Microsoft attempted to release a new interactive Twitter bot that would try to have conversations with people. To no one’s surprise, Twitter users quickly figured out how to get it to say lots of horrible things. You would think that they would have expected this and would have tried harder to find some way to keep it from saying anything too offensive.
The human Go master has finally defeated the Go-playing supercomputer in the fourth out of a planned six matches. The computer is up 3-1 so it is still very likely end up with more wins. However, this at least shows that the Go computer cannot just defeat anyone at any time. There is still room for improvement.
A prominent Go master was defeated by a computer in a match earlier today. Apparently, it was thought that Go programs weren’t advanced enough to challenge the best players, but that now seems to be wrong. This is just the first of several matches, so we’ll have to see what happens in the others to tell if the program is really better than the player.
The Atlantic has an article from about a week ago questioning if the growing effort to teach children, particularly those in underperforming school districts, coding skills will actually help them in the end. The author and many of the people she interviews are worried that there is a danger that many of these programs will only teach a very limited set of skills that will leave the students locked out of all but the easiest and lowest-paying jobs.
The biggest concern here is that many people seem to think of coding as job training for careers in “tech” when that’s not really true. If “tech” just means web and mobile application development (and I think that is what it means to a lot of people), then maybe that’s not so far off, but knowing how to code will only get you so far in a job. Several of the people quoted stress that educators need to instead treat coding as being equivalent to the “three ‘R’s” of reading, writing, and arithmetic. I think that comparison is an exaggeration, but the general point isn’t wrong. Coding is a tool (one of many) that can be used to solve various problems or achieve various goals. Coding, however, does not necessarily teach you how to design and implement a large project. It doesn’t teach you much of anything about anything involving hardware, or about the mathematics needed to solve complicated equations in a science or engineering problem. If you know how to code but don’t know any of the underlying principles of the program you’re trying to write, you’ll always be stuck following someone else’s directions and implementing someone else’s solutions. That kind of work doesn’t necessarily pay well and won’t necessarily lead to a long-lasting, fulfilling career. Basically, tech isn’t coding and neither is computer science. Coding is an important skill for many (but not all) jobs in tech and computer science.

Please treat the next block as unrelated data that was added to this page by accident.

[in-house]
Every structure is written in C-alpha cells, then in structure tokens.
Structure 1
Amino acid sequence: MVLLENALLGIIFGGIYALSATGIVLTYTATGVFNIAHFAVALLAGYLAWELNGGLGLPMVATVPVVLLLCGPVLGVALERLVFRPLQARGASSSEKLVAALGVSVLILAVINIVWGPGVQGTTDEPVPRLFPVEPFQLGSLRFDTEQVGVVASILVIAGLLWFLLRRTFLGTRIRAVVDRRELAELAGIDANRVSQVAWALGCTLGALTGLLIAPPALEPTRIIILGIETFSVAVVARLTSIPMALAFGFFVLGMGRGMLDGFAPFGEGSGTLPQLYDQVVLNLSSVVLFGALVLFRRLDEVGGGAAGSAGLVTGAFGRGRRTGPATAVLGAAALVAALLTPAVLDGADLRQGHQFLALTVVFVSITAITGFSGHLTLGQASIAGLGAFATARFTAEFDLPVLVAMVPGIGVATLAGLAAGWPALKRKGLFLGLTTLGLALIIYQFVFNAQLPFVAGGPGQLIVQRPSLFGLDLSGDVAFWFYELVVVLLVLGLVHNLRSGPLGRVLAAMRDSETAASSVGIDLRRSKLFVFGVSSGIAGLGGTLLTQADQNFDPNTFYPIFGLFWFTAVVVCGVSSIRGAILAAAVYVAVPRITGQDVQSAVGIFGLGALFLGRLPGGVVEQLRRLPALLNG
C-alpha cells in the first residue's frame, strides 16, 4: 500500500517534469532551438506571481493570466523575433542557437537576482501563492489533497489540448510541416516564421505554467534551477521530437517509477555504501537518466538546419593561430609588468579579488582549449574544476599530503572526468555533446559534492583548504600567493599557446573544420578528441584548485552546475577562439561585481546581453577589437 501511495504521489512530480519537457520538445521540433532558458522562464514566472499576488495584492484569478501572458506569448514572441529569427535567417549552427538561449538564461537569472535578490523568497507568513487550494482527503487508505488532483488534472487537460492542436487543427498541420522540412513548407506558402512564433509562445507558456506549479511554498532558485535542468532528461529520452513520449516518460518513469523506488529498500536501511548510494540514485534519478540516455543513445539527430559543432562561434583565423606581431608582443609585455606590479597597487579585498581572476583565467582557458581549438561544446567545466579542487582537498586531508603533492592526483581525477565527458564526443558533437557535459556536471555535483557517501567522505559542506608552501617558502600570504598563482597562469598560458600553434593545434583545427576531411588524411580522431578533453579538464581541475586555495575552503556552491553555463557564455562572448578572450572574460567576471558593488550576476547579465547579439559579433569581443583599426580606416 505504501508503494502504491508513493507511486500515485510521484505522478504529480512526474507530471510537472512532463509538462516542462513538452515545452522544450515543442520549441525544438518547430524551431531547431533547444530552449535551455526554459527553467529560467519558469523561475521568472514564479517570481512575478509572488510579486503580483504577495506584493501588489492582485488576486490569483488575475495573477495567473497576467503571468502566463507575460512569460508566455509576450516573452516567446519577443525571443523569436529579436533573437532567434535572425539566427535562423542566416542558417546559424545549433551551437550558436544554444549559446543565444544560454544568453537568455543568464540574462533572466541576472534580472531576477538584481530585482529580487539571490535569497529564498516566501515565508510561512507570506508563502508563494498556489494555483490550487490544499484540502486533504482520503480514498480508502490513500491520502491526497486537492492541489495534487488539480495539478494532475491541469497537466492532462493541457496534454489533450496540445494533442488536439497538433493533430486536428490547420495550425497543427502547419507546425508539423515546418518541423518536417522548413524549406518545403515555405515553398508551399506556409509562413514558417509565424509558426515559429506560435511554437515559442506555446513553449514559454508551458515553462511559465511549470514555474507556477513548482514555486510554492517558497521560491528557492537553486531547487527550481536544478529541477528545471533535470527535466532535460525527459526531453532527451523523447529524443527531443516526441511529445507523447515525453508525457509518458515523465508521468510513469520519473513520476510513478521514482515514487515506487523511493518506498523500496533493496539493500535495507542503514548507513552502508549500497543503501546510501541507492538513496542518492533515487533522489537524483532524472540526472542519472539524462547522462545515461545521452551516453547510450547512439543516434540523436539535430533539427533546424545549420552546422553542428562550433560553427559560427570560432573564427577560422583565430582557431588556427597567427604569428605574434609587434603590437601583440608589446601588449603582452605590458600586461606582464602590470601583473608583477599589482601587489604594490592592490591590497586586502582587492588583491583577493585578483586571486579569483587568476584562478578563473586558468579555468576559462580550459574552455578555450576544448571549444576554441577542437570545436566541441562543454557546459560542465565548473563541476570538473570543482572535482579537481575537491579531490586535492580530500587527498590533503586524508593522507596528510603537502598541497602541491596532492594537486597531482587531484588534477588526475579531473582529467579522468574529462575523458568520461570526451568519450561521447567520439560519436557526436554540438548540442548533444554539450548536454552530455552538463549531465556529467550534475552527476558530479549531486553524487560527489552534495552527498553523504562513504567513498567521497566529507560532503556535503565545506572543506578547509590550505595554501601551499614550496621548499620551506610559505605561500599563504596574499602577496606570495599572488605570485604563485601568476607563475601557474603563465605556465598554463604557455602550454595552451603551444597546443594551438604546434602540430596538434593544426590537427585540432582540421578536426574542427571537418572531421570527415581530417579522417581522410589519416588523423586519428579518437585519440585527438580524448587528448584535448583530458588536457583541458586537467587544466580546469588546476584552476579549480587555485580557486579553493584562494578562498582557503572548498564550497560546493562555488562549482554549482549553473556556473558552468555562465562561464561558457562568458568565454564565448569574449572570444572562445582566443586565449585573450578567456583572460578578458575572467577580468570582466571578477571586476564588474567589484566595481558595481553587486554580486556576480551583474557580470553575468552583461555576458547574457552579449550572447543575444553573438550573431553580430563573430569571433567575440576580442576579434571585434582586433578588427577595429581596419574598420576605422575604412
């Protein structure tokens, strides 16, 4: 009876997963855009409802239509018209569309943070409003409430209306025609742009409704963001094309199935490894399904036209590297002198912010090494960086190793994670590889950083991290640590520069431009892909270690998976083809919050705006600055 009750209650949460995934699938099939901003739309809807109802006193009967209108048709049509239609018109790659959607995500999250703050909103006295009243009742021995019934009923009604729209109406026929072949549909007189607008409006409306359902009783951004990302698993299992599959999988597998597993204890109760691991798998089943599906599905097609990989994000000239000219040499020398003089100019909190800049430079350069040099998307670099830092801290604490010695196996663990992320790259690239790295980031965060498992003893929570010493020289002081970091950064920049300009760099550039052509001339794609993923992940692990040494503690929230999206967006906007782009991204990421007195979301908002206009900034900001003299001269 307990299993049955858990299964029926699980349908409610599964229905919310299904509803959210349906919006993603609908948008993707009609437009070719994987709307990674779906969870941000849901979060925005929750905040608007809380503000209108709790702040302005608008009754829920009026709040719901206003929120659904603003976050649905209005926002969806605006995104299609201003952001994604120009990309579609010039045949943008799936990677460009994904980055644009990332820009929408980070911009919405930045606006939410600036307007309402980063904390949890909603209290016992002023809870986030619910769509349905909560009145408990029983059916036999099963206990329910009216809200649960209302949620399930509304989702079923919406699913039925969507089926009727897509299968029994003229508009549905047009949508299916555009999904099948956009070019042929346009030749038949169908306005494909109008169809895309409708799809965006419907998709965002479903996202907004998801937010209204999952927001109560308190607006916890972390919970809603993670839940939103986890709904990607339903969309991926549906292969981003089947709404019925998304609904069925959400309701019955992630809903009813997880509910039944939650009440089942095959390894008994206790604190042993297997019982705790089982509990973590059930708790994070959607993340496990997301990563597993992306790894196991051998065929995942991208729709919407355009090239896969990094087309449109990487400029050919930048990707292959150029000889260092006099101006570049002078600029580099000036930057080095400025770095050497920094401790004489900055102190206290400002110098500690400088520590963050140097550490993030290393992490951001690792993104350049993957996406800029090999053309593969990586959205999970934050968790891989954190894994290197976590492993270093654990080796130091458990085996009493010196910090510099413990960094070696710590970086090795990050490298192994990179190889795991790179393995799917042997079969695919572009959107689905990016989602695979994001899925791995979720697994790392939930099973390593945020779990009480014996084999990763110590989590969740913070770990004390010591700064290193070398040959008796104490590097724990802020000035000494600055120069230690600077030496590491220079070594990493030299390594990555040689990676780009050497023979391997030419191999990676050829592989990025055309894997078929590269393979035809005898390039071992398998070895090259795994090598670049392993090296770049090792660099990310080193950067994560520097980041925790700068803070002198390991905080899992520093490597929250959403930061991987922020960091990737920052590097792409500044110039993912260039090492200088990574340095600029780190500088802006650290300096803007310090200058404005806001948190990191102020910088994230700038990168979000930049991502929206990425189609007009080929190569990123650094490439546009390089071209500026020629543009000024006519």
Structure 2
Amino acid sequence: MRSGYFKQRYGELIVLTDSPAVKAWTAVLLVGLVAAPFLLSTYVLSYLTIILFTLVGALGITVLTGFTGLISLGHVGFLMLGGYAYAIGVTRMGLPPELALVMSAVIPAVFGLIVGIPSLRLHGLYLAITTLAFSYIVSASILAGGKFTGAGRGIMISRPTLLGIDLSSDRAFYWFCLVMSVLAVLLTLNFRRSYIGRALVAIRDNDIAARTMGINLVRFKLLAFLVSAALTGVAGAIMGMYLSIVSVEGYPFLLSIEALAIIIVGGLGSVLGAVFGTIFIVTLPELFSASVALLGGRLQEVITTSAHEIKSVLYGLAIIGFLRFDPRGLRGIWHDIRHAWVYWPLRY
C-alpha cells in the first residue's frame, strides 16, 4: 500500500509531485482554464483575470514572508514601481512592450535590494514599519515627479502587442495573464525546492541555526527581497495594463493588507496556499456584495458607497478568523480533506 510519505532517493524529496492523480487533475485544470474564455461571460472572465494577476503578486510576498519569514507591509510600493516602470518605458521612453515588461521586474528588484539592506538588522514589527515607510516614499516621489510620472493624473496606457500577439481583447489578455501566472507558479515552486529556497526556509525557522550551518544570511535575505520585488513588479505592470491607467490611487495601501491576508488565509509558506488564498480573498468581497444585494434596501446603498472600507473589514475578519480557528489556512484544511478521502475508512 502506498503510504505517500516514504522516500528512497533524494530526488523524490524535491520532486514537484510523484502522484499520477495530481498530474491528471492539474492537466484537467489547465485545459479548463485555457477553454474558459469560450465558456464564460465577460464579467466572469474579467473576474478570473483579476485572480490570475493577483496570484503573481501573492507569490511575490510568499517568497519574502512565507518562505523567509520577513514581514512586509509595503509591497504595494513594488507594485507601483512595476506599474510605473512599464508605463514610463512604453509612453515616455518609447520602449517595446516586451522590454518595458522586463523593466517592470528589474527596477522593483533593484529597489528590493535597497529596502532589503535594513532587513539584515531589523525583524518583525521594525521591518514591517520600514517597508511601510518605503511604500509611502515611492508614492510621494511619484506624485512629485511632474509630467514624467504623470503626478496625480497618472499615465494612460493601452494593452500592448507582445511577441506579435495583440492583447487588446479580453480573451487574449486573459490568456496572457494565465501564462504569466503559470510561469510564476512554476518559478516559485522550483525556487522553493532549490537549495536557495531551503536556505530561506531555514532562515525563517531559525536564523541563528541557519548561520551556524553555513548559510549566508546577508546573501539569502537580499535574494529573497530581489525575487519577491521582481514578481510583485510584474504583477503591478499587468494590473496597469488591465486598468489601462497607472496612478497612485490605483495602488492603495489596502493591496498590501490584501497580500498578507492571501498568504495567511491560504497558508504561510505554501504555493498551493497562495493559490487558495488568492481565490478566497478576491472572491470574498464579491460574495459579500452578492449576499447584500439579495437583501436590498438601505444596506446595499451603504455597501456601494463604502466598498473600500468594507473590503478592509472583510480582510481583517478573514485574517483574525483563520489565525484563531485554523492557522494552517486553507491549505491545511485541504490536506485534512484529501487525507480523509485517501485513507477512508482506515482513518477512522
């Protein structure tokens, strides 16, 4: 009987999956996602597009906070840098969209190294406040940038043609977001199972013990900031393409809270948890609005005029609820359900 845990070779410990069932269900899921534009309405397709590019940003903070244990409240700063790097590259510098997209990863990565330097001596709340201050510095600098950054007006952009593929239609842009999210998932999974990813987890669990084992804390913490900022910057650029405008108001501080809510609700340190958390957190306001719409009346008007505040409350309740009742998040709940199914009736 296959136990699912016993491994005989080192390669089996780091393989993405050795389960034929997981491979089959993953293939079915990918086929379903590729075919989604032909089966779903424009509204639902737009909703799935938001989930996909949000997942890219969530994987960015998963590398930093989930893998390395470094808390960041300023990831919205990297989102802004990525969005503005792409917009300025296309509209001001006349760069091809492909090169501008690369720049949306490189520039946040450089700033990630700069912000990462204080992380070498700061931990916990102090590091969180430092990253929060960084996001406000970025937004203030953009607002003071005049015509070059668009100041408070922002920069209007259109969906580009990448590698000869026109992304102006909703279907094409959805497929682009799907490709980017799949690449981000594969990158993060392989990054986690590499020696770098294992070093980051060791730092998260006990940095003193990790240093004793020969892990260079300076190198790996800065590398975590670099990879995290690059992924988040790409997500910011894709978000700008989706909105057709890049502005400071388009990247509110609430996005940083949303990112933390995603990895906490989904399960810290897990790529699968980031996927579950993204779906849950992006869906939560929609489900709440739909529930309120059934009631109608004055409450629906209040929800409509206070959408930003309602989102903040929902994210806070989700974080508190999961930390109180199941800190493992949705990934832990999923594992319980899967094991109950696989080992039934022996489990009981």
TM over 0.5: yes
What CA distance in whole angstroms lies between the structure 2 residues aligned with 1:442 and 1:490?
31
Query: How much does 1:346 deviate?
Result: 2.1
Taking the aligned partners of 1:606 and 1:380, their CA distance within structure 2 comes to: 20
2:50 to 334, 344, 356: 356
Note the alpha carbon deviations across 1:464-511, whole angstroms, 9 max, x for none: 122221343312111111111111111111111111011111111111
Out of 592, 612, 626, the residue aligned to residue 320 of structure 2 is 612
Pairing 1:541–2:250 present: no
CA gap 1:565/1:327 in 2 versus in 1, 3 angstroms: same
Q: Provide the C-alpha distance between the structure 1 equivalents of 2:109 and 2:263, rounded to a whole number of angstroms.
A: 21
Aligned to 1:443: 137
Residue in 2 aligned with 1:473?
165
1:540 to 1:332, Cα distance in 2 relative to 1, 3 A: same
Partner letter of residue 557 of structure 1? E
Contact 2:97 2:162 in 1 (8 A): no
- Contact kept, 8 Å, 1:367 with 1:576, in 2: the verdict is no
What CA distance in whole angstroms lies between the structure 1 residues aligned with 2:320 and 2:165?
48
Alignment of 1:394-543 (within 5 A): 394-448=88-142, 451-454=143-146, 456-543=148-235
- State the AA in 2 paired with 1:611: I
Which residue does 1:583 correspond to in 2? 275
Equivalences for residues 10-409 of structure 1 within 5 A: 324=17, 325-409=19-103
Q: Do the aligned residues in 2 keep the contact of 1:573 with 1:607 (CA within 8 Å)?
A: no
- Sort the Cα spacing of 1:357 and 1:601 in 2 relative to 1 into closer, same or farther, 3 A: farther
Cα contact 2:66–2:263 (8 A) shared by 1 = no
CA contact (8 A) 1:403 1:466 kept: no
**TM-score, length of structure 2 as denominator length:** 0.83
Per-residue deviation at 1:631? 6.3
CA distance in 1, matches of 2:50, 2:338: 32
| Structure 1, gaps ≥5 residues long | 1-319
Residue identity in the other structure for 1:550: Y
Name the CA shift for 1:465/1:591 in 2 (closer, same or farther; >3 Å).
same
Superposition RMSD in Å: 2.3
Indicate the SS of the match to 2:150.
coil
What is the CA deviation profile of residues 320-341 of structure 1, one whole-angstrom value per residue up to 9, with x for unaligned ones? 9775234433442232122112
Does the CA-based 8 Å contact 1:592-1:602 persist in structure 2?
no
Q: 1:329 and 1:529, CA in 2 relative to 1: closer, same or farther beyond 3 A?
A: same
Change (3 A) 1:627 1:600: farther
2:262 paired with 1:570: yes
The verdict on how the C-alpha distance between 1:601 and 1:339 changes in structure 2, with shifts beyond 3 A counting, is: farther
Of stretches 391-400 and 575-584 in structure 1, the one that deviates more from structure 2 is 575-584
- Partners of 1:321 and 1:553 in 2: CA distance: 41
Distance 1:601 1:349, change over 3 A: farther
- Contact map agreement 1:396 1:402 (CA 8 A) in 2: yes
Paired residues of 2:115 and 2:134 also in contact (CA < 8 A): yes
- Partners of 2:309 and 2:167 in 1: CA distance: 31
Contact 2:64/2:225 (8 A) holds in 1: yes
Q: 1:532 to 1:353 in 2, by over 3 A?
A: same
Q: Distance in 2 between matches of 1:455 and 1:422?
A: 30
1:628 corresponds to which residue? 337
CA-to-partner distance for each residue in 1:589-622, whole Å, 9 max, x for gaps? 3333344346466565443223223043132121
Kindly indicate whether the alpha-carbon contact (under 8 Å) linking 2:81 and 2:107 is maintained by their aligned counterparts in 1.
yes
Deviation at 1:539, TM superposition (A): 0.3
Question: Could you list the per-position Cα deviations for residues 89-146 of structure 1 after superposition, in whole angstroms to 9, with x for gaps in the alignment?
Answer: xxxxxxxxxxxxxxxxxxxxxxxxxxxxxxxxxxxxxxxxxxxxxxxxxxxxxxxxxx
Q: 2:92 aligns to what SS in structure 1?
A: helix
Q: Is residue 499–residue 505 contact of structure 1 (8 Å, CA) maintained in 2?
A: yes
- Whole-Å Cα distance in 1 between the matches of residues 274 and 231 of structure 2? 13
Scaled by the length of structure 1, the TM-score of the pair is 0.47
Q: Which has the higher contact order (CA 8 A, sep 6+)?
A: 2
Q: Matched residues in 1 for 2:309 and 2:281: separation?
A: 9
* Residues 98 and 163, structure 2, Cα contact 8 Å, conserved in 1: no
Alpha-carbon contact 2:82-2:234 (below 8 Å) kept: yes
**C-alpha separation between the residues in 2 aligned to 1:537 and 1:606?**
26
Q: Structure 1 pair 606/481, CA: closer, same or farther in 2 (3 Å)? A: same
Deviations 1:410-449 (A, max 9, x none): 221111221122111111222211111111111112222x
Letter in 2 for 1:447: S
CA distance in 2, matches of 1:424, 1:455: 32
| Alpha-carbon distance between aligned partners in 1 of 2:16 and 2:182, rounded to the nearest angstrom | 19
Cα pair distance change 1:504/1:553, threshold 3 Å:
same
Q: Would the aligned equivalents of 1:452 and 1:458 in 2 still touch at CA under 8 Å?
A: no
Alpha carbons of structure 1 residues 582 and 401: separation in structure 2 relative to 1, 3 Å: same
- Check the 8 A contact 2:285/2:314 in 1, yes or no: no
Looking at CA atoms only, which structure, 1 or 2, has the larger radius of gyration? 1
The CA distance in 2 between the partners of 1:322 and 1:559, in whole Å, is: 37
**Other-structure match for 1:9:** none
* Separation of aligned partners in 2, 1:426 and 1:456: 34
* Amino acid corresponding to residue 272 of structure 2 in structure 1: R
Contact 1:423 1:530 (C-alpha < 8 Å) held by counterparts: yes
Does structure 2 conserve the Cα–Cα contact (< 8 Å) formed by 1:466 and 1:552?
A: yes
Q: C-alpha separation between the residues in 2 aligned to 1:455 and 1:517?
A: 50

The article brings up the important point that students who want careers in fields involving computers should learn coding in order to have an easier time succeeding later in their education not in order to get a job right out of high school. With coding they’ll be able to spend more time thinking about the actual problems they’re given and less about how to write the code to get a solution. There are actually many different ways that programming can be incorporated into the curriculum outside just a programming class. Simple math programs could be used to help students better understand things like calculus (one-dimensional limits and Riemann sums can be very easy to implement and might lead to greater understanding), intro physics (numerical solutions of differential equations can be written well before students are ready to actually solve the equations by hand, letting students see how equations of motion lead to the solutions in the textbook). Of course, doing this requires that students all have regular access to computers, which is a serious problems in the underprivileged schools that the article is focusing on.
Google has announced that it is restructuring and renaming itself. What used to known as Google (the company) will now be Alphabet. Alphabet will just be an umbrella for all the various pieces of what is currently Google. The Google name isn’t going anywhere though. It sounds like a lot of the core pieces of the company such as the Google search engine will retain their original names.
This week in bizarre news stories, the FBI is investigating the St. Louis Cardinals baseball team for hacking into the Houston Astros’ computer systems. Apparently this was to obtain confidential data on players. What’s not so clear is why the Cardinals would even bother. The Astros just switched over to the American league and while they’re doing well this year, their performance has mostly ranged from decent to terrible since 2000. The Cardinals have been one of the best teams during that period, so it’s not clear why they would even bother spying.
Fortunately for consumers, the proposed merger of media conglomerates Comcast and Time Warner has been canceled. It seems that the FCC wasn’t going to approve the merger due to antitrust concerns. Given that both companies have terrible records for things like consumer protection, this is a win for basically everyone. The merger would have given the new company a virtual monopoly over large swathes of the US, which means that consumers could have expected higher prices for less service.